Wednesday, October 15, 2008

Inflation expectations collapse

Following on my previous post, here is a chart that compares the market's expectation of inflation (red line) versus actual inflation. The chart suffers from an apples vs oranges problem, though, since the red line is the market's expectation for what inflation will average in the next 10 years, whereas the blue line is actual inflation over the past year. But even if I corrected for that, the story would be the same: the market's inflation expectations have literally collapsed in the past few weeks, at a time when inflation (outside of energy prices) is still alive and well. (Inflation expectations for the next two years are actually negative!)

So I'm a market detective: what is all this telling me? What does it mean that credit spreads are at nose-bleed highs, stocks are in the tank and deflation fears are rampant? I think it means that the market expects to see a significant decline in prices throughout the economy, accompanied by a pretty serious recession. It would take outright deflation and a near-depression to produce the defaults that are implied by credit spreads and to justify severely depressed equity prices. Deflation and depression are the two worst enemies of business, since deflation makes every marginal dollar more expensive to acquire, and depression makes every marginal sale harder to make. If they both hit at the same time, as they did in Japan during the 1990s, we would be in big trouble.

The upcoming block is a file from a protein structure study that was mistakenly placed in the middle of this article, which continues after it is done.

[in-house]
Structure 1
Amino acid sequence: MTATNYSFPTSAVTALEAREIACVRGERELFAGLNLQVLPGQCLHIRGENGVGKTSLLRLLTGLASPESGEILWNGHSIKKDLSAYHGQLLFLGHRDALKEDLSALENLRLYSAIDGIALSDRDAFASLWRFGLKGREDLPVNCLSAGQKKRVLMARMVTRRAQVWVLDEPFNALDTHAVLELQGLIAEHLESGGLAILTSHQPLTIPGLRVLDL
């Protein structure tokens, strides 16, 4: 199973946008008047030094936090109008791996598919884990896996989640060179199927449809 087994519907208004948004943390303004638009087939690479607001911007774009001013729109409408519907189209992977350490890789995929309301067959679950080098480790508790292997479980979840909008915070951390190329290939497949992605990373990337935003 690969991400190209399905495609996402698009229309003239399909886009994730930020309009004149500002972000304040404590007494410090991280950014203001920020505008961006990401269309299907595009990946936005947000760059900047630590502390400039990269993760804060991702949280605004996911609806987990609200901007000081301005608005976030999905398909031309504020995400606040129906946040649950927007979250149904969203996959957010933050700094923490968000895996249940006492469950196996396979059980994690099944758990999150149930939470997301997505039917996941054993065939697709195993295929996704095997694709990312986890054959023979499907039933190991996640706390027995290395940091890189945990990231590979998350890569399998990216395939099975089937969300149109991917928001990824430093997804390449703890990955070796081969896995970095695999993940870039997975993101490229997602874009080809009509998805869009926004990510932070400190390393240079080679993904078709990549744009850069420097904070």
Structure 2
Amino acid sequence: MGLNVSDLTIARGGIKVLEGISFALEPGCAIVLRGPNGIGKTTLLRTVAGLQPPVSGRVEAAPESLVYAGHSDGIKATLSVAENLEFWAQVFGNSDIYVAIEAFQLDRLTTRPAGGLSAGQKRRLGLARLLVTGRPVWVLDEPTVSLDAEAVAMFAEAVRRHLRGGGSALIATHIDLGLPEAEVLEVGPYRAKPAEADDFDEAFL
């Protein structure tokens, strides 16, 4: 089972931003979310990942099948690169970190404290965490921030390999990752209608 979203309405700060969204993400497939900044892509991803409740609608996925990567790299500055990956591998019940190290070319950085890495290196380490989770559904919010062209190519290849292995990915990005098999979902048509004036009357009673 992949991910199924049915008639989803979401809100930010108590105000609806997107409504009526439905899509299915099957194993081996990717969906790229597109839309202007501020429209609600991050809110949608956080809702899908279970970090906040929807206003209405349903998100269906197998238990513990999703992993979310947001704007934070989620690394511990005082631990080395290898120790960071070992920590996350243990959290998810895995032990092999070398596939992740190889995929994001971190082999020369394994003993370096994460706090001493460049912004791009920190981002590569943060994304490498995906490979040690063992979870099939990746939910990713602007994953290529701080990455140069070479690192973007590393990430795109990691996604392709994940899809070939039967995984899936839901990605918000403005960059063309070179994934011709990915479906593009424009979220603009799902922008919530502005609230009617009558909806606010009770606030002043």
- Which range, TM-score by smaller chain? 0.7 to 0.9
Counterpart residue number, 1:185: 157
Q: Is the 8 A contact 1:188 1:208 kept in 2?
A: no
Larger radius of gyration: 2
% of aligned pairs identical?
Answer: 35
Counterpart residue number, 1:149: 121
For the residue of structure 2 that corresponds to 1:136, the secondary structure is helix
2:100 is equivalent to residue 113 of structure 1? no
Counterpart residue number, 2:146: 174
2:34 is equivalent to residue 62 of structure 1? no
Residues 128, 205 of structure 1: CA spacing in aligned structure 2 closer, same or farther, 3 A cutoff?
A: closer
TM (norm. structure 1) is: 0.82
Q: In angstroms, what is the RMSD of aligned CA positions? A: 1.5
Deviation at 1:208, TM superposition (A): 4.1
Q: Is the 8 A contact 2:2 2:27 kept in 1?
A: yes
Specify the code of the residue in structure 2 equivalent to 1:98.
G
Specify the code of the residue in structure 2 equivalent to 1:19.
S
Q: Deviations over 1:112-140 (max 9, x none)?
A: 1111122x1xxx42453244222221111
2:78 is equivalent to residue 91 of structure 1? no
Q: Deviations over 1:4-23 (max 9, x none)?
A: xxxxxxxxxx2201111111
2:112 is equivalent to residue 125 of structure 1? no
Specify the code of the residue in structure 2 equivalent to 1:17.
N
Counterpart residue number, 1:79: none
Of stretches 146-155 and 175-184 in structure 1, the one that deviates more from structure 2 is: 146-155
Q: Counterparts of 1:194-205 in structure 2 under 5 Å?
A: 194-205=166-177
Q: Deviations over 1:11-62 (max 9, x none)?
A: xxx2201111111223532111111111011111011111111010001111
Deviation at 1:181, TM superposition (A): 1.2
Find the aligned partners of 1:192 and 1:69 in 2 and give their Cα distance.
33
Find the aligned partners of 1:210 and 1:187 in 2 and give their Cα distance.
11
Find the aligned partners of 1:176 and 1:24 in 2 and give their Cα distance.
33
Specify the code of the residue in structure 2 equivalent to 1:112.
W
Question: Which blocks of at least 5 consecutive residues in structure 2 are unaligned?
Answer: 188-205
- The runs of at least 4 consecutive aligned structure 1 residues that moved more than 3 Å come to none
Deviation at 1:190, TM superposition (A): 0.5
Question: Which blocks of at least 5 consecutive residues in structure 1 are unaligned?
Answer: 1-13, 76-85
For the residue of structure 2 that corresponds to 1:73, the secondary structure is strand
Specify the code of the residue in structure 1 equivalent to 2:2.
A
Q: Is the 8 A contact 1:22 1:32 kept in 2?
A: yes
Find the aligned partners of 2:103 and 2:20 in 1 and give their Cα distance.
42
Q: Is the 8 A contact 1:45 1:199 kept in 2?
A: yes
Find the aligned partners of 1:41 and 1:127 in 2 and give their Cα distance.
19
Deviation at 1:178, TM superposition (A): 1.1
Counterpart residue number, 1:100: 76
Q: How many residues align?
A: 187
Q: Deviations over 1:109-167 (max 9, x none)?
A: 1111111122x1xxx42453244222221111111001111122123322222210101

So does that seem likely to happen? It does if you believe that inflation comes and goes with the strength of the economy. But if you believe like I do, and Milton Friedman did, that inflation happens when the supply of money exceeds the demand for it, then you have to disagree with today's market. The Fed has never before undertaken such massive efforts to ensure that there is no shortage of money in the system. (Whereas the Bank of Japan was simply way too tight, and that was the source of their lost deflationary decade.) When the Fed tries hard to do something, they have the unique ability to succeed, and you underestimate them at your peril. I've shown in many charts here that most measures of money are at all time highs.